There's a widespread perception that Thai food is spicy. And justifiably so. Thai people -- women in particular -- seem to relish in eating devastatingly hot dishes, and even have a repertoire of only marginally translatable words to express the equal parts painful and pleasurable sensation of doing so (example: เผ็ดจนหูอื้อ, phet jon huu eu, roughly "so spicy your ears ring").
But it's certainly not the case that everything in Thailand is spicy. In fact, many of the dishes sold on the streets or from the shophouses of Bangkok -- particularly those of Chinese origin -- tend to be quite mild, sometimes bordering on bland.
One of the more famous examples of this is satay. Although the dish is most likely Indonesian in origin and appears to have been brought to Thailand by Chinese immigrants, in the US, the peanut-based dipping sauce that accompanies the skewers of meat has somehow become synonymous with Thai food. Origins aside, in Thailand at least, I'd never cared for the stuff. Most versions are dry and relatively flavourless, and come served with an cloyingly sweet dipping sauce -- a far cry from the delicate, fatty, spicy skewers and rich sauce one encounters in the dish's country of origin or even in Malaysia.
But a recent discovery single-handedly changed my opinion about Thai-style satay. Chong Kee, a longstanding shophouse restaurant at the edge of Bangkok's Chinatown, specialises in the dish -- in fact, it's the only dish they serve. Like elsewhere, the skewers have been marinated in a mixture of coconut milk, turmeric and dried spice. Unlike elsewhere, the skewers at Chong Kee are smoky and surprisingly tender. They use fattier cuts of pork (the staple meat for this dish in Thailand), which don't dry as quickly, and are great at soaking up all that flavourful smoke (they also serve a somewhat unusual liver version). The accompanying peanut sauce is sweet, as it should be, but not overwhelmingly so, and also packs a tiny bit of chili spice and a pleasantly fragrant hint of coriander seed. Other sides include ajaat, sliced shallots, chili and cucumber in sweet/tart dressing, and thick slices of fluffy white toast.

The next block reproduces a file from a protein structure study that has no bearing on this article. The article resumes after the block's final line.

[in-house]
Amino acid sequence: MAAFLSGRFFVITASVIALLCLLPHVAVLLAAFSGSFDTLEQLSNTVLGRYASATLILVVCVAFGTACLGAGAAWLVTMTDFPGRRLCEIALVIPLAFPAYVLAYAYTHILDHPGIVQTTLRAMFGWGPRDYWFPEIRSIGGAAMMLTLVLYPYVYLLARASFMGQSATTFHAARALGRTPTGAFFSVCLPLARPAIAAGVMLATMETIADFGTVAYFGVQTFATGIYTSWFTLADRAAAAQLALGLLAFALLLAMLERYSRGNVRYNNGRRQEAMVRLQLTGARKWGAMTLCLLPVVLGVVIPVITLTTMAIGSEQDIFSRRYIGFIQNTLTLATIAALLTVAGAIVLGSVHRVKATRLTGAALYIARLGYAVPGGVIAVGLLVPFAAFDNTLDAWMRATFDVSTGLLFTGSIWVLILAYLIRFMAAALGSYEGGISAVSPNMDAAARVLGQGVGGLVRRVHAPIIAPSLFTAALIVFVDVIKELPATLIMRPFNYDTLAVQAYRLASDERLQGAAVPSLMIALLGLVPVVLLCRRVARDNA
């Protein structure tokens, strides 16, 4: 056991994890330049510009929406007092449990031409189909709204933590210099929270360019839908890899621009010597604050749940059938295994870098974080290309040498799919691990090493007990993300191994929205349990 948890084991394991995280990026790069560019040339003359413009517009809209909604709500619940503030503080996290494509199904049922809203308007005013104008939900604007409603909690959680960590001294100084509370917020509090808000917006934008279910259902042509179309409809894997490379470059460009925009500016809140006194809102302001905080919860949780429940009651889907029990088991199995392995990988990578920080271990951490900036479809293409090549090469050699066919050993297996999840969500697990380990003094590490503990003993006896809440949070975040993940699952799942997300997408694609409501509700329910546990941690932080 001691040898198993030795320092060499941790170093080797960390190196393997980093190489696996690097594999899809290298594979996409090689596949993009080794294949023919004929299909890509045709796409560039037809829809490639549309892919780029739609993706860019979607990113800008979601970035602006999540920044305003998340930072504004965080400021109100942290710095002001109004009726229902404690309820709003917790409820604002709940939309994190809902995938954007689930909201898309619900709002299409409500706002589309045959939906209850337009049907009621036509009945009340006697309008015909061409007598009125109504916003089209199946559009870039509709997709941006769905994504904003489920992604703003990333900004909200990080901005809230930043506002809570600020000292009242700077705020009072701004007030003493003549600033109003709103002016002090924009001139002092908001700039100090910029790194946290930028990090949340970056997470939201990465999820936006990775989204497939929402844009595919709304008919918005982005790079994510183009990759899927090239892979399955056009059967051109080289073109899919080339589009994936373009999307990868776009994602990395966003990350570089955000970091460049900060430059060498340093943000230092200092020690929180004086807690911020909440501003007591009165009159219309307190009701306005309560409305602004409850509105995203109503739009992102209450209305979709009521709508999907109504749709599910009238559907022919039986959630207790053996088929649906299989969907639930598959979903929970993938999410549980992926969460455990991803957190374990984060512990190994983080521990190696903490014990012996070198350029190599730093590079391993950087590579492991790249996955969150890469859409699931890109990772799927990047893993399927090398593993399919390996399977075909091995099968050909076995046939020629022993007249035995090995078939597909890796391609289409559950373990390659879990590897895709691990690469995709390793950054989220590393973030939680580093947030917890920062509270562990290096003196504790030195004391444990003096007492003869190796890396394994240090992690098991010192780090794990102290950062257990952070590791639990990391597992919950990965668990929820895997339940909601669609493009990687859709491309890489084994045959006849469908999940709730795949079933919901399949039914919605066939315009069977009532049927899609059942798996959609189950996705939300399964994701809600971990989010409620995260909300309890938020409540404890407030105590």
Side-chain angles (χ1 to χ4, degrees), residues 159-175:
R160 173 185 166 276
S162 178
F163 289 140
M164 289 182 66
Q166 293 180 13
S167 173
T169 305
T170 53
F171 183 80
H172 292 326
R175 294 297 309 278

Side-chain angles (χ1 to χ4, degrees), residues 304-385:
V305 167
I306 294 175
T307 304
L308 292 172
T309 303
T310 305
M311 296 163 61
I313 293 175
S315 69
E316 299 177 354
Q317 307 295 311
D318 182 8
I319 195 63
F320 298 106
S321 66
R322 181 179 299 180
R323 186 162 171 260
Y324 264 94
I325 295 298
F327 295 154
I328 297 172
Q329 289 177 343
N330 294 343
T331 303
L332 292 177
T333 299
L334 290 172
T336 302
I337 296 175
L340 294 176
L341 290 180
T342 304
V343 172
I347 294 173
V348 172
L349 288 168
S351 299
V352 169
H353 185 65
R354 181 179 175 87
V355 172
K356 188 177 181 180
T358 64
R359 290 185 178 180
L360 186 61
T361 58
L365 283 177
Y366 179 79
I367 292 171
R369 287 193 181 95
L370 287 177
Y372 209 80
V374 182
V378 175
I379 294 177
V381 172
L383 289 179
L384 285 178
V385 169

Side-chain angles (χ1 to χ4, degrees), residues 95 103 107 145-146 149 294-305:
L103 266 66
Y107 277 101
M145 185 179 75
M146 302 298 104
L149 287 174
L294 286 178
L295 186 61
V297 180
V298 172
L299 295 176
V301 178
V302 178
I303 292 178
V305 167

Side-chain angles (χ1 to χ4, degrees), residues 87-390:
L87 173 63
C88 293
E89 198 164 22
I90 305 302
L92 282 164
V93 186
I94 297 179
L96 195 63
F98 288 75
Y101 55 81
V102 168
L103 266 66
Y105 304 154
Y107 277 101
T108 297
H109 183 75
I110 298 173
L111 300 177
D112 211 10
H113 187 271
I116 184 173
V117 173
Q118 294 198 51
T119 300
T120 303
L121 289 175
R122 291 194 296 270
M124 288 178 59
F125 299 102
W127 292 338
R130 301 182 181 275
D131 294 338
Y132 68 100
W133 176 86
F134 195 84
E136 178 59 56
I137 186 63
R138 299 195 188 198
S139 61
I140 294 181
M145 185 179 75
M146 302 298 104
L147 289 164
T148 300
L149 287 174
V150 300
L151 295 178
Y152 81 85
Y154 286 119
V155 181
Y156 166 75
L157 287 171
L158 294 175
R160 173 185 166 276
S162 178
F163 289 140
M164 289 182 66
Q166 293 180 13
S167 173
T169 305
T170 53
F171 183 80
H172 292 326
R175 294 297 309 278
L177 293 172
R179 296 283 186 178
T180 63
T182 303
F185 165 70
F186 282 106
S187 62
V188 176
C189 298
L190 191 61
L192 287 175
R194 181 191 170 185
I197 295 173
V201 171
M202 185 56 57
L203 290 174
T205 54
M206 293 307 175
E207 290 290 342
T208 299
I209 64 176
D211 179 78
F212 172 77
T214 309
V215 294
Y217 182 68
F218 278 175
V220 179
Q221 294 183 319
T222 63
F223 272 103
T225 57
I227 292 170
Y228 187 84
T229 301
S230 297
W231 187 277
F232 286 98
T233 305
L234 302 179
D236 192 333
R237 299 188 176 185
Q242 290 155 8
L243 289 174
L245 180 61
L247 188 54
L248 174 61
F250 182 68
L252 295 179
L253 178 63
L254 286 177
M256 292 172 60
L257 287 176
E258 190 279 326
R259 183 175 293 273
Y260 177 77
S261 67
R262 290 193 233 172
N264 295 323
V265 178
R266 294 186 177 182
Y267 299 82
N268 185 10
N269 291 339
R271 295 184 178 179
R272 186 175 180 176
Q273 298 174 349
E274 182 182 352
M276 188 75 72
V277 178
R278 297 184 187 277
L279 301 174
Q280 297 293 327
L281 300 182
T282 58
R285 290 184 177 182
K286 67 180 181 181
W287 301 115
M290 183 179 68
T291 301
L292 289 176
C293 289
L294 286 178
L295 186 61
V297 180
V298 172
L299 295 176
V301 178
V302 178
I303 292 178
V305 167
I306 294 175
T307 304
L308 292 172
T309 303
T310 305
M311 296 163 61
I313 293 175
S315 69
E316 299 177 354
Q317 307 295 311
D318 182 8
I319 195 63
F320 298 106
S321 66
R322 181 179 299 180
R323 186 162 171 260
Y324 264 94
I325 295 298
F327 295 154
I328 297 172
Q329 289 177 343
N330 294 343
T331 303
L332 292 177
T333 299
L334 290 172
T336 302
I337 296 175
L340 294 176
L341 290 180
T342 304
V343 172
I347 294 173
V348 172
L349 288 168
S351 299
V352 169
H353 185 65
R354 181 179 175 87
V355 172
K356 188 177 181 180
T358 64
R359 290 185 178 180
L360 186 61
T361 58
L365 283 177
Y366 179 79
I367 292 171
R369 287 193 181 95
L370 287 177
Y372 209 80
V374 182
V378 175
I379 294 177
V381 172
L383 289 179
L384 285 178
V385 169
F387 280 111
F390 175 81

Next door, another longstanding restaurant sells an equally mild but delicious dish: khao muu daeng, rice topped with roast pork.
An 'everything' order here will get you a plate of rice topped with thin slices of bright red roast pork, crispy fingers of deep-fried pork belly and rich, fatty disks of Chinese-style pork sausage. The whole lot is topped with a slightly rich, somewhat sweet, very gloopy sauce:
Soft-boiled eggs (made orange by the addition of food colouring) and a condiment of mild chilis in vinegar are optional sides.
The pork belly is great -- rich, crispy, fatty -- and the kun chiang (Chinese sausage) also good, but the roast pork is pretty mediocre -- more red food colouring than flavour. Regardless, the whole thing comes together in a favourably mild way that will trick you into wanting a second dish.
In addition to pork and rice, they also do a few excellent Chinese-style soups. Duck in broth made tart with pickled lime is available every day, while pork rib and bitter gourd:
and pork stomach with Chinese-style pickled vegetables are available intermittently.
Two solid options for spice-fearing and adventurous eaters alike.
Si Morakot/สีมรกต 80-82 Soi Sukon 1, Bangkok 11am-7pm
Chong Kee/ชองกี่ 84 Soi Sukon 1, Bangkok 9.30am-6pm Tues-Sun, to 2pm Mon
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